This technological revolution represents an unprecedented opportunity that opens new horizons for the development of innovative and efficient solutions to tackle climate change and better manage natural resources.
Reason #3 You will orientate your students towards STEM Education
Earth Observation data specialists can have differentiated university backgrounds ranging from engineering to computer science and mathematics. Integrating earth observation into your curricula could be an excellent way to broaden the prospects for choosing a university and/or professional path in the STEM field (Science, Technology, Engineers and Mathematics).
Also, let’s not forget that supporting STEM Education could help addressing the gender and diversity gap in science and technology fields. According to the UNESCO Science Report 20213, women make up only 28% of engineering graduates and 40% of those in computer science. Encouraging and supporting underrepresented groups to pursue STEM education and careers can help to bridge this gap and ensure a diverse and inclusive workforce.
Reason #4 There is high-demand for Data Specialists
The Earth Observation industry is growing, with a rapidly expanding market and increasing demand for advanced technologies, services and thus professionals.
The EUSPA EO and GNSS Market Report 20224 states that Earth Observation data and service revenues are set to double from roughly €2.8 billion to over €5.5 billion over the next decade.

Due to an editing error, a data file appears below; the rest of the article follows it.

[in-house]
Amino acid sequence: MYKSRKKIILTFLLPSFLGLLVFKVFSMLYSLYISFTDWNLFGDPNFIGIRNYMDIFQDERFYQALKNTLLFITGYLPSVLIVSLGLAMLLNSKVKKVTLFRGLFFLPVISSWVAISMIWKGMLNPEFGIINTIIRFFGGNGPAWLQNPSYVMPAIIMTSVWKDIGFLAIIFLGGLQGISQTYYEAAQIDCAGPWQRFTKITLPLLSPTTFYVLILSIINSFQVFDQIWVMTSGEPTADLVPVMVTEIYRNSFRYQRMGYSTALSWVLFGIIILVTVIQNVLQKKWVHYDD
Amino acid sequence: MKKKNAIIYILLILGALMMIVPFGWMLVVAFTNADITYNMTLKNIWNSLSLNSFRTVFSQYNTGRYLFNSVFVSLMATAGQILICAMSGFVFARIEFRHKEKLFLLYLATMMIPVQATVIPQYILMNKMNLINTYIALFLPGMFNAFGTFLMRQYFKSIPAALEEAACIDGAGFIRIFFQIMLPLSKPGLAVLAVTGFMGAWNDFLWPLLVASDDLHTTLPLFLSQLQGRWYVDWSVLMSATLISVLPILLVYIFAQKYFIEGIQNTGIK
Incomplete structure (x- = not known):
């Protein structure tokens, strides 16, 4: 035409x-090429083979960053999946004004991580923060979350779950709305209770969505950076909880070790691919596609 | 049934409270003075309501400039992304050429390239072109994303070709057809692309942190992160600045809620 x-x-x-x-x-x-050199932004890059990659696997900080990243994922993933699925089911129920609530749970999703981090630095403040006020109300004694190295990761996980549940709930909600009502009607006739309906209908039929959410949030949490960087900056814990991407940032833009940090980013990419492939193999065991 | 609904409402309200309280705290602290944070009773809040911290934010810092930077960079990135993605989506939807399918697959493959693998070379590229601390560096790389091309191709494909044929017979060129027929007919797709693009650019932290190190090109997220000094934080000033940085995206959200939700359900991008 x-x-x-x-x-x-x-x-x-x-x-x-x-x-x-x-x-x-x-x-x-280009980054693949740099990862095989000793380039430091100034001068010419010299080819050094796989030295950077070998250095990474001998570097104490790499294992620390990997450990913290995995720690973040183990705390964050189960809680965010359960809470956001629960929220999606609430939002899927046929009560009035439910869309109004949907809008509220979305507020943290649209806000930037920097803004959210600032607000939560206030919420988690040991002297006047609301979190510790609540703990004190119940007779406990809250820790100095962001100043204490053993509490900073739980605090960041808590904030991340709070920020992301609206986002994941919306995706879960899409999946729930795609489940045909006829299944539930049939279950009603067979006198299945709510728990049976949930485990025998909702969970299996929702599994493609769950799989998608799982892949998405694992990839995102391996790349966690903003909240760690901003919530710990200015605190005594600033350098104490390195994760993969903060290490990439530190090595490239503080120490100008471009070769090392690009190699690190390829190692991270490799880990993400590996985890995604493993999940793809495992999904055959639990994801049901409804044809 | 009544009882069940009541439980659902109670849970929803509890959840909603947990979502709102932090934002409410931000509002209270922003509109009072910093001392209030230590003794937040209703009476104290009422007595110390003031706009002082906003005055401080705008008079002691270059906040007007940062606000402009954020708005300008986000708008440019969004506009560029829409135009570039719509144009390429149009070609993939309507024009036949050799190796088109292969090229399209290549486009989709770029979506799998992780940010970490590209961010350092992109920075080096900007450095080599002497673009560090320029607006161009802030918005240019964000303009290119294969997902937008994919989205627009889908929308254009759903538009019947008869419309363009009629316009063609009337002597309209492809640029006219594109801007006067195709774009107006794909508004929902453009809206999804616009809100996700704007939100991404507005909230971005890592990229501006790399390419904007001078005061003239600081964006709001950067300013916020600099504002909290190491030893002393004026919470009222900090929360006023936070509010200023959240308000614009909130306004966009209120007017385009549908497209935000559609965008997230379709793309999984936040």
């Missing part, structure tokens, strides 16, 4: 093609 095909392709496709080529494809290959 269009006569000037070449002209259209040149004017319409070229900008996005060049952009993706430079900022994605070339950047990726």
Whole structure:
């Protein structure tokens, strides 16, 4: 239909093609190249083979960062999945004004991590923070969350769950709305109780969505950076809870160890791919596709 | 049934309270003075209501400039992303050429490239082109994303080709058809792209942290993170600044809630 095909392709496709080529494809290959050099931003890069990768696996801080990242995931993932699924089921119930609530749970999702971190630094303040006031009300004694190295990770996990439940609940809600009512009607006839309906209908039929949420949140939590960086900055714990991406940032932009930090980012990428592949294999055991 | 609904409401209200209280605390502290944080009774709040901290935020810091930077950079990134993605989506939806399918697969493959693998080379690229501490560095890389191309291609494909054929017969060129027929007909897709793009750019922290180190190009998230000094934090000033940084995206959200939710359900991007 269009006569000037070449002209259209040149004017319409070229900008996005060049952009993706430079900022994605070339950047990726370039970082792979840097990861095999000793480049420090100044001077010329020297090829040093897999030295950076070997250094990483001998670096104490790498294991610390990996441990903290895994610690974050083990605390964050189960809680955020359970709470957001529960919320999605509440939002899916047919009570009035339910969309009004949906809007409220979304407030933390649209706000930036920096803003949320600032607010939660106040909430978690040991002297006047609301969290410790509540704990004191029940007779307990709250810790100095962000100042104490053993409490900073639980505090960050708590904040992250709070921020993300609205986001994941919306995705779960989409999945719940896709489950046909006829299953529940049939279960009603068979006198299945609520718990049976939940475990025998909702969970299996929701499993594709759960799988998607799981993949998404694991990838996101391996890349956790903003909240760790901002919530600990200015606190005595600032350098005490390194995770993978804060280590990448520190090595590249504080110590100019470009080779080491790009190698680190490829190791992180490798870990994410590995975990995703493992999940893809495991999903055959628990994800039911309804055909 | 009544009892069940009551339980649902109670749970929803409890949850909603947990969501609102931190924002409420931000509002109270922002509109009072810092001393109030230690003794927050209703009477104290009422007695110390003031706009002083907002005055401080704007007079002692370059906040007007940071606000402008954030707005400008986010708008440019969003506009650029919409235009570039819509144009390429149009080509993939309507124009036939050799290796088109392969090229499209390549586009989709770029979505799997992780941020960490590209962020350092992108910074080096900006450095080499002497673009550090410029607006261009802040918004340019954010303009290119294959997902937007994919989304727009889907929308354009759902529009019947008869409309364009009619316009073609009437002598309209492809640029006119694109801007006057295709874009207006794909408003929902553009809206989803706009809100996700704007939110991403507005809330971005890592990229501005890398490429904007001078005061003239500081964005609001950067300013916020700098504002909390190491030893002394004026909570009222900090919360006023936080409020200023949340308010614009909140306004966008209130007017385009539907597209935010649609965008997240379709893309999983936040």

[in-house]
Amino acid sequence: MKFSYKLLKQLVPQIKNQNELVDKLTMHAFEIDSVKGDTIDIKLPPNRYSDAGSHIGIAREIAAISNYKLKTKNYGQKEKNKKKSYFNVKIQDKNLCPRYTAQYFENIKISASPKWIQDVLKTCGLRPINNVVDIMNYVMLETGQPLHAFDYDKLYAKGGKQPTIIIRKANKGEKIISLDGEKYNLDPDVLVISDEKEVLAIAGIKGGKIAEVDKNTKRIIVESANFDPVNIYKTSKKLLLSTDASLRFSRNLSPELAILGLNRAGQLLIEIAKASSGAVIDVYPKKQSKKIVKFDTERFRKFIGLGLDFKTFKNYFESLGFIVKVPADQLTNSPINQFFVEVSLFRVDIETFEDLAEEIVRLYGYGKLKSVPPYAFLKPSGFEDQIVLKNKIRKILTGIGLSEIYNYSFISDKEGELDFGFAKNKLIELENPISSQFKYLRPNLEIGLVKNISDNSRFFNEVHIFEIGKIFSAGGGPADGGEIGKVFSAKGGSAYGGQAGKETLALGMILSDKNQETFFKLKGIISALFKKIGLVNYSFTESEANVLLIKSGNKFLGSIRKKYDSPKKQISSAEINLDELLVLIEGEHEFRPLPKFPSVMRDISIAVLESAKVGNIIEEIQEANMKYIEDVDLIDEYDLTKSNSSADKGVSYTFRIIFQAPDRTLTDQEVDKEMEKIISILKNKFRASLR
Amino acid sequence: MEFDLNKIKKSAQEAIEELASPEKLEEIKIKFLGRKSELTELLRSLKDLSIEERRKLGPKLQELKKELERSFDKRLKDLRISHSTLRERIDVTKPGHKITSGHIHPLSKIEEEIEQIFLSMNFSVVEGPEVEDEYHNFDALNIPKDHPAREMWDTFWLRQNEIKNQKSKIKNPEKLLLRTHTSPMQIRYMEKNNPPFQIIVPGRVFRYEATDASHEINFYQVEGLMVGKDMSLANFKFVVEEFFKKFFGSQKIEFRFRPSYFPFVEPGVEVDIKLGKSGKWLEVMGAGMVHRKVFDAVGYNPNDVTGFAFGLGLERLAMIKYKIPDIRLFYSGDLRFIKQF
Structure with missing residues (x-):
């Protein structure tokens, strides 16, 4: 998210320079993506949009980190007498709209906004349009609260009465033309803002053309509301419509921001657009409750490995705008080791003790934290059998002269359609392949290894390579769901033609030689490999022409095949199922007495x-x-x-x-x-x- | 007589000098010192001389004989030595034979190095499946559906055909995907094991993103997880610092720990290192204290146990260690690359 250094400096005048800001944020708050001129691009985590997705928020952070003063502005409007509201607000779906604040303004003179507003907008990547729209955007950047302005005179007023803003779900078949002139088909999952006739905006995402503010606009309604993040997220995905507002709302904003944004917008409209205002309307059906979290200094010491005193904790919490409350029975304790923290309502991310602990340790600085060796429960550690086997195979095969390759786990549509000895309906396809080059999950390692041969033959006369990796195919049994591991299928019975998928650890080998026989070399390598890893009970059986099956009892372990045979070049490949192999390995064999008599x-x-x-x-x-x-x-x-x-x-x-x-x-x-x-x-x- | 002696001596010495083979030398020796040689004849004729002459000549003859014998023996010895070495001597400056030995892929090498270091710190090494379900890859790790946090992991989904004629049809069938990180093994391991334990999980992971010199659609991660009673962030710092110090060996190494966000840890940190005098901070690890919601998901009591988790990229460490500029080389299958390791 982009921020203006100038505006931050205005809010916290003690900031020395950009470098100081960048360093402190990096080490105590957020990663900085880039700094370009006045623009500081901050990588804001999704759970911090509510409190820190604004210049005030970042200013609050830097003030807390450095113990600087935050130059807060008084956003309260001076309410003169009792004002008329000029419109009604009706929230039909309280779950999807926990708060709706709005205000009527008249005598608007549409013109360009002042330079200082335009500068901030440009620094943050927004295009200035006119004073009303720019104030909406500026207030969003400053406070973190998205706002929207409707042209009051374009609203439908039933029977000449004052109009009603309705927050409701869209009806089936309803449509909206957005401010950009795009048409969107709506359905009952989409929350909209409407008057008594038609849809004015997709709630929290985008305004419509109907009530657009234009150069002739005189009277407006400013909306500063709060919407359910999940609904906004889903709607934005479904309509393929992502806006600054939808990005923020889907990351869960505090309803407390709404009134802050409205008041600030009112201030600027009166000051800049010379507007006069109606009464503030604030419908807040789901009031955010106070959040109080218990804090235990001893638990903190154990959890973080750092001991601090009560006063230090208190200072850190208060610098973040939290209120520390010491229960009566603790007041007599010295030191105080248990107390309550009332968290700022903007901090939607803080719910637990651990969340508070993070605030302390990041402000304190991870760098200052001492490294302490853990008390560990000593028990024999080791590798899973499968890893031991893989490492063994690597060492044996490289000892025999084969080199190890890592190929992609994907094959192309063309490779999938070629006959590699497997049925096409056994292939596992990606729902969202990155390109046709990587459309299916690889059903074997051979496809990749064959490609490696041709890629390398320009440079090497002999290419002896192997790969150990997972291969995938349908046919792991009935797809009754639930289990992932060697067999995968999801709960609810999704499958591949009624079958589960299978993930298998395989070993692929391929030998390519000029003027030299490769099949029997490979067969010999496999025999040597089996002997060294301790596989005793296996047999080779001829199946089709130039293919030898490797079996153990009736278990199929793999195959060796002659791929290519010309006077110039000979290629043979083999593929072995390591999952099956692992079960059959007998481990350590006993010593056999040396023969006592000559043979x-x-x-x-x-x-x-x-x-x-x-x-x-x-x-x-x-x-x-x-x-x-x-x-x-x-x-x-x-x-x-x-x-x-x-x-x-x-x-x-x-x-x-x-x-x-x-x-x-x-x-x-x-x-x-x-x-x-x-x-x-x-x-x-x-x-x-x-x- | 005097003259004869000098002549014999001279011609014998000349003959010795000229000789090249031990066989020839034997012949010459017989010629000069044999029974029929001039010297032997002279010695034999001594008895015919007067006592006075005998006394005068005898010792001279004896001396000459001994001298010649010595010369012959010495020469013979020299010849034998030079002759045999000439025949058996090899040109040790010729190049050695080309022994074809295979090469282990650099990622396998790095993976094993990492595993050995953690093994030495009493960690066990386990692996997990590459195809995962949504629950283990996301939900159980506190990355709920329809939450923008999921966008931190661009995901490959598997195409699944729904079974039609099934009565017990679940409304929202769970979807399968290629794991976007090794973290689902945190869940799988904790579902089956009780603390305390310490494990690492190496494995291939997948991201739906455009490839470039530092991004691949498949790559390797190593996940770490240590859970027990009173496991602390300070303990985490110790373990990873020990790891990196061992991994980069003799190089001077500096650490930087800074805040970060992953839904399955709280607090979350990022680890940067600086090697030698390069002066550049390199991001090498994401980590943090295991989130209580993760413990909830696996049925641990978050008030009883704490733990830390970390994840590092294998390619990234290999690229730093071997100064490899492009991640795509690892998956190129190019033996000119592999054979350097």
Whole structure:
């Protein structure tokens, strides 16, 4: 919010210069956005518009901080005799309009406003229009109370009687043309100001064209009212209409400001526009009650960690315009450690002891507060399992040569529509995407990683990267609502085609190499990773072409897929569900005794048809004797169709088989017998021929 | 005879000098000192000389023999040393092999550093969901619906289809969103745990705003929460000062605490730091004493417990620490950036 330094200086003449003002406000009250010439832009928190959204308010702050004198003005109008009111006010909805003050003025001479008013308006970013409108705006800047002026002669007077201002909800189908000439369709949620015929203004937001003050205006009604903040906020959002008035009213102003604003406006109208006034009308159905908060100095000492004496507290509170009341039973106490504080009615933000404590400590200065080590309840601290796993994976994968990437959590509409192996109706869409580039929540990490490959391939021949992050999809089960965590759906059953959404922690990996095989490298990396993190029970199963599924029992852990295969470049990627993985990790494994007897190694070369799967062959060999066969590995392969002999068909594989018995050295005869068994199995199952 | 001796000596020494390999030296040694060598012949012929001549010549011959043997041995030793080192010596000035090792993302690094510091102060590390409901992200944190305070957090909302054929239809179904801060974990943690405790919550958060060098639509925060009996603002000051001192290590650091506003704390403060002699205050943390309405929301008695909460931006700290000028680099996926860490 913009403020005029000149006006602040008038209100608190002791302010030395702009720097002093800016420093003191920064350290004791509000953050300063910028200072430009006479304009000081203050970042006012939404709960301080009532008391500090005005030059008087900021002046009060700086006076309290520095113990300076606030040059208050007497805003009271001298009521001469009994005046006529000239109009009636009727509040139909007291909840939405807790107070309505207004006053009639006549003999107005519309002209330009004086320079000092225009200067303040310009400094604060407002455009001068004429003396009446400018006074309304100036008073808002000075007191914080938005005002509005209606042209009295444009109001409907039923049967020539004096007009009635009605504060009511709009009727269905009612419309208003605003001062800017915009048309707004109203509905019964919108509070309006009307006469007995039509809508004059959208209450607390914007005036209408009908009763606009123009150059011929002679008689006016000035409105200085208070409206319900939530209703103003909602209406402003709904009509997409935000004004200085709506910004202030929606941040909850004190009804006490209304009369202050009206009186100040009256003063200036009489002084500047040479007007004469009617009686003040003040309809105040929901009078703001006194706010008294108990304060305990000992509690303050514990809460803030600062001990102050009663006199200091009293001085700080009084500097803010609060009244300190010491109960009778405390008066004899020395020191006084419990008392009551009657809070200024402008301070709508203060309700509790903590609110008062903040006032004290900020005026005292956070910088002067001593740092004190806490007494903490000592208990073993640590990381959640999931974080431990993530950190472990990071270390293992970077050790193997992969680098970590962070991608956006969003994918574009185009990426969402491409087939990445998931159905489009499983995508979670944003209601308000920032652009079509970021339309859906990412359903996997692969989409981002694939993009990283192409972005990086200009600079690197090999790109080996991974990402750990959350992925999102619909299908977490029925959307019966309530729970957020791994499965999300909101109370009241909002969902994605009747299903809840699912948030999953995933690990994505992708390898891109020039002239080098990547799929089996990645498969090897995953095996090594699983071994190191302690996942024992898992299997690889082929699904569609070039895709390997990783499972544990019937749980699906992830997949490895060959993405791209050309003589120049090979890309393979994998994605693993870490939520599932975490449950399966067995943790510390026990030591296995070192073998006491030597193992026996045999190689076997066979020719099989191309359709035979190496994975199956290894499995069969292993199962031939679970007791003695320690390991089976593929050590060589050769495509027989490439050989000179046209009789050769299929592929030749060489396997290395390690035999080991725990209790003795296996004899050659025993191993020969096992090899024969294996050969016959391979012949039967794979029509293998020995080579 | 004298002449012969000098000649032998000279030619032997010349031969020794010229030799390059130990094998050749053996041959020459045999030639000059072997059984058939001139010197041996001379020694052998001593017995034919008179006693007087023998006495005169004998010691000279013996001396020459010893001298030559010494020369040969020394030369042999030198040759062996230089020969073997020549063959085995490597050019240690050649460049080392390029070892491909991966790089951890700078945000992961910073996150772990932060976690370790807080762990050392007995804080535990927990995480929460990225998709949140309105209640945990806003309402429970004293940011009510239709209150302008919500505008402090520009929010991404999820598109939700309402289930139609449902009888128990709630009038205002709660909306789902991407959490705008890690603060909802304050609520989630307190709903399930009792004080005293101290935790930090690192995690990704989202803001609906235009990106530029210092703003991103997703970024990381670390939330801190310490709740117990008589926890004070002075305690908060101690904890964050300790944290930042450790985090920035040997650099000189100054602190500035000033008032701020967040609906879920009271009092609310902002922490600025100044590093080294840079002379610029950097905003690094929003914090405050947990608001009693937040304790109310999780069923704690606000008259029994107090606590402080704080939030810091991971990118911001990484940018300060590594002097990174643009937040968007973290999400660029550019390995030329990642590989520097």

The market for Earth Observation applications is boosted by a large pool of value-added services contributing to the most variegated market segments ranging from Climate Services to Urban Development and Cultural Heritage, Agriculture, Energy and Raw Materials and the Insurance and Finance Segment.
With the industry, the demand for specialized workforce grows as well.
As highlighted in the LinkedIn Jobs on the Rise Report 2023, Data Engineer is one of the fastest-growing job titles in Europe over the past five years. Data engineers specialize in developing tools for collecting and analyzing large volumes of data, to address complex challenges and aid decision-making.
In conclusion, Earth Observation is a powerful tool that educators should consider bringing into their high school classrooms. By incorporating Earth Observation technologies and data into their curricula, educators can provide students with hands-on learning experiences that enhance their understanding of the natural world and help develop essential skills.
With the potential to inspire and engage students in science and technology, Earth Observation has the power to make a lasting impact on the next generations.
1 ESA Newcomers Earth Observation Guide https://business.esa.int/newcomers-earth-observation-guide
2 EARTH OBSERVATION FOR SDG “Compendium of Earth Observation contributions to the SDG Targets and Indicators” https://eo4society.esa.int/wp-content/uploads/2021/01/EO_Compendium-for-SDGs.pdf
3 UNESCO Science Report 2021: The race against time for smarter development https://www.unesco.org/reports/science/2021/en/download-report
4 The EUSPA Earth Observation (EO) & Global Navigation Satellite System (GNSS) Market Report https://www.euspa.europa.eu/sites/default/files/uploads/euspa_market_report_2022.pdf